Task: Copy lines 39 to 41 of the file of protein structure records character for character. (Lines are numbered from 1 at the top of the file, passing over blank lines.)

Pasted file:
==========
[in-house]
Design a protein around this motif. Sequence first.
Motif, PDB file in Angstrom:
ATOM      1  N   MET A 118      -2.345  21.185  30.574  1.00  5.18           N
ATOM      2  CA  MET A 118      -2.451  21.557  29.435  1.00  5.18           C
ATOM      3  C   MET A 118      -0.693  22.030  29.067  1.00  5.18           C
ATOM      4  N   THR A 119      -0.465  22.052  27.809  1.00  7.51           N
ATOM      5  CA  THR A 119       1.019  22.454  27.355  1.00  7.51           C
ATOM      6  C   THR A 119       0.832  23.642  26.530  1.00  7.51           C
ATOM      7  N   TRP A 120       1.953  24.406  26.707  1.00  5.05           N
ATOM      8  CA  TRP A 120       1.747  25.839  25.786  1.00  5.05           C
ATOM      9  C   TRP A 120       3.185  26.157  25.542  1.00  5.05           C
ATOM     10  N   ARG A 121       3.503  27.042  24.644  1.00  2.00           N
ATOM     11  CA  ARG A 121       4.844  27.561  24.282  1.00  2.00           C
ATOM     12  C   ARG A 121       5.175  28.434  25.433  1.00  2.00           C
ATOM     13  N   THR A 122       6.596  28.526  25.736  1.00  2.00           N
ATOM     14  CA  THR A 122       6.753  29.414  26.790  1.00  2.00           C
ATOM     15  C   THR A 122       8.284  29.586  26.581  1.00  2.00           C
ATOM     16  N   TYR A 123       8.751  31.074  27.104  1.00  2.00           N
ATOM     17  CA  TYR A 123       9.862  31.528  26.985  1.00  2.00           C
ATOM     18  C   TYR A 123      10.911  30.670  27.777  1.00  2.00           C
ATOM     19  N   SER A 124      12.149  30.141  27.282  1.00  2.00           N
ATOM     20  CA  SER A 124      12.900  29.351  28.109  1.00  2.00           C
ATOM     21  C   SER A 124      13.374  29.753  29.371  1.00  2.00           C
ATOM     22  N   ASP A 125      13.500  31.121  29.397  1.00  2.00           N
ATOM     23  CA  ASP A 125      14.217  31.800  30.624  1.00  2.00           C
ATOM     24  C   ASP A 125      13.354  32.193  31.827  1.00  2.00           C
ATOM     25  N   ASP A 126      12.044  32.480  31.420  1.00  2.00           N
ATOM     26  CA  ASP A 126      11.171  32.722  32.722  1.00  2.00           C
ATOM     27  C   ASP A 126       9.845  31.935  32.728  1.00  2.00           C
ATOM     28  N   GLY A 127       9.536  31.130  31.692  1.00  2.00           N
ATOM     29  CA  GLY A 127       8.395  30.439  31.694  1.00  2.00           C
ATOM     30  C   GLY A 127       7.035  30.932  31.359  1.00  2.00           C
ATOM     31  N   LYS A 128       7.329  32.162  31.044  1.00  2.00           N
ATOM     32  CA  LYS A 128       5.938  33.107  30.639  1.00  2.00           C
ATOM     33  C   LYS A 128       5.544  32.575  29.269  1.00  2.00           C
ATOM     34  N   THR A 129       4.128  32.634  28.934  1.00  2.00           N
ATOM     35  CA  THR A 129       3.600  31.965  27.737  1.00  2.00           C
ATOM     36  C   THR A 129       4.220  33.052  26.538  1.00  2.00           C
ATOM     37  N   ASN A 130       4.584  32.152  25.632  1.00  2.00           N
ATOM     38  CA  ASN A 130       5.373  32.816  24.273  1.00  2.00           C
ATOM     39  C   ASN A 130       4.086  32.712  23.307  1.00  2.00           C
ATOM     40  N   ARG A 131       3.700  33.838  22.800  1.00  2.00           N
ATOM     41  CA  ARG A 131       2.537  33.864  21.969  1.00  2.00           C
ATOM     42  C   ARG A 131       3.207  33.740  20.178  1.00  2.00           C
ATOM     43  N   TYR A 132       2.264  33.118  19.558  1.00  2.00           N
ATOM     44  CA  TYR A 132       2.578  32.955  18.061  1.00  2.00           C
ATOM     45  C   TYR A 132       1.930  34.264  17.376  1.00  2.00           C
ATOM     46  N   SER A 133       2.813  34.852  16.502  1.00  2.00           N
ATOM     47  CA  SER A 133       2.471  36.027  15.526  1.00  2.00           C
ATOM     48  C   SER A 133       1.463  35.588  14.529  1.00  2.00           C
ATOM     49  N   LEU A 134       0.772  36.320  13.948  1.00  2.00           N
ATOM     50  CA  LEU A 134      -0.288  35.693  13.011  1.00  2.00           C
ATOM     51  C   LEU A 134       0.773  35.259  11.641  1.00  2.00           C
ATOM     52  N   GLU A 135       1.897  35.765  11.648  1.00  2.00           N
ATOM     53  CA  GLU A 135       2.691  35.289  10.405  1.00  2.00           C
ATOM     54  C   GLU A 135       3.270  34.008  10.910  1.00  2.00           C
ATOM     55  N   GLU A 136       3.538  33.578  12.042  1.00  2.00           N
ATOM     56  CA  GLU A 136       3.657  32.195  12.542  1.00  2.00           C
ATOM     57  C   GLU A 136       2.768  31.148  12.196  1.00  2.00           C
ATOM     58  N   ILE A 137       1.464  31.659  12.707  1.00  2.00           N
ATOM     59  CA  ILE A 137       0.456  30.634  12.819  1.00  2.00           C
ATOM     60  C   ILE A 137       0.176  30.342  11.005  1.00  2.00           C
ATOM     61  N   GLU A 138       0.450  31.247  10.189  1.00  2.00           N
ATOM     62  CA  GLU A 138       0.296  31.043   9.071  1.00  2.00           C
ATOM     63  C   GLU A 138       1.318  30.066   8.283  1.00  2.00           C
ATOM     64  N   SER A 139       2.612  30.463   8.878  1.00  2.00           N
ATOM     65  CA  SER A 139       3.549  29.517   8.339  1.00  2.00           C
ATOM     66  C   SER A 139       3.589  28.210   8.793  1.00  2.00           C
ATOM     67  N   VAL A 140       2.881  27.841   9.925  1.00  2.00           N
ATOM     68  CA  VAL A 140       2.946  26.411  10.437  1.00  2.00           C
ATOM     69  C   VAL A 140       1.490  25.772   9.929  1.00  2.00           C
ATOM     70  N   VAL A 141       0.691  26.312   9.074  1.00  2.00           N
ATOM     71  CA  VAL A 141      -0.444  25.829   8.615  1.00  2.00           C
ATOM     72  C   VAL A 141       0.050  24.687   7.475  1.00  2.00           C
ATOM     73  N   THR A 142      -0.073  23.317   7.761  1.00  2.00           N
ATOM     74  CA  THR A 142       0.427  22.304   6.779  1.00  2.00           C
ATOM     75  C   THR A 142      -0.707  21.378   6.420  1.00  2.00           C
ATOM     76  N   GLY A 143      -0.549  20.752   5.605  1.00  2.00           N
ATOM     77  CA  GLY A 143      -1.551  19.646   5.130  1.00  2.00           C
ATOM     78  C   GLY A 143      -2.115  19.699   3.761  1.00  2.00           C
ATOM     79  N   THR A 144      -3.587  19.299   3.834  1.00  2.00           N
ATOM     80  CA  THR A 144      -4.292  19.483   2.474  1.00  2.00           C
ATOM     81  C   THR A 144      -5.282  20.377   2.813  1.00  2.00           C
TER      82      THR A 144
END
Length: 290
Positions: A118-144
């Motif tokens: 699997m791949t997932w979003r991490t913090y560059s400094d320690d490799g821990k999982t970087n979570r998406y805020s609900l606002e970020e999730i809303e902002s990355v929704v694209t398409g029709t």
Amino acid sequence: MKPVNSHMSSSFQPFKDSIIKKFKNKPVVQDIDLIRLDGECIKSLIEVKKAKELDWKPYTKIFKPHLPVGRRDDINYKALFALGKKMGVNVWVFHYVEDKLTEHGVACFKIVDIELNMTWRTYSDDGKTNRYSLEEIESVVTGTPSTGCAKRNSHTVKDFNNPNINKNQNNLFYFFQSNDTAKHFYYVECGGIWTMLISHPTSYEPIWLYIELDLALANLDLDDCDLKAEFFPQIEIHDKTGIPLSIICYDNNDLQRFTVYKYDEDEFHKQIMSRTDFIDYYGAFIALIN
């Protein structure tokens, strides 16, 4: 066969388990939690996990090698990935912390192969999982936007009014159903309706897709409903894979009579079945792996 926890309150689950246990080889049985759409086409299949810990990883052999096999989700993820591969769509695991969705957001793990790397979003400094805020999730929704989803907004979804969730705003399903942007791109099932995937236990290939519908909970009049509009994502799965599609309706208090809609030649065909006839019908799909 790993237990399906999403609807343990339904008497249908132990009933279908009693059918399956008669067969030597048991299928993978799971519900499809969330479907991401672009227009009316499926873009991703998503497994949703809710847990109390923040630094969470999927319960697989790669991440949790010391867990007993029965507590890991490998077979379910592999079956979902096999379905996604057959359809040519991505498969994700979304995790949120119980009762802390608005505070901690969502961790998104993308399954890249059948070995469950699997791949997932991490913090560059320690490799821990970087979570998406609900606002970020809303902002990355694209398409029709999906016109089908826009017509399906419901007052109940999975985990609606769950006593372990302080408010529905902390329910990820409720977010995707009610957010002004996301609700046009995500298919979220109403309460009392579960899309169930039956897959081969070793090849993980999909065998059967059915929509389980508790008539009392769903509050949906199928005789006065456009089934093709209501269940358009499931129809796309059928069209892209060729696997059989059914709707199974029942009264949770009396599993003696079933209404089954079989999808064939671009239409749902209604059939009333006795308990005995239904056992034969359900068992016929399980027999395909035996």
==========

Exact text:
ATOM     36  C   THR A 129       4.220  33.052  26.538  1.00  2.00           C
ATOM     37  N   ASN A 130       4.584  32.152  25.632  1.00  2.00           N
ATOM     38  CA  ASN A 130       5.373  32.816  24.273  1.00  2.00           C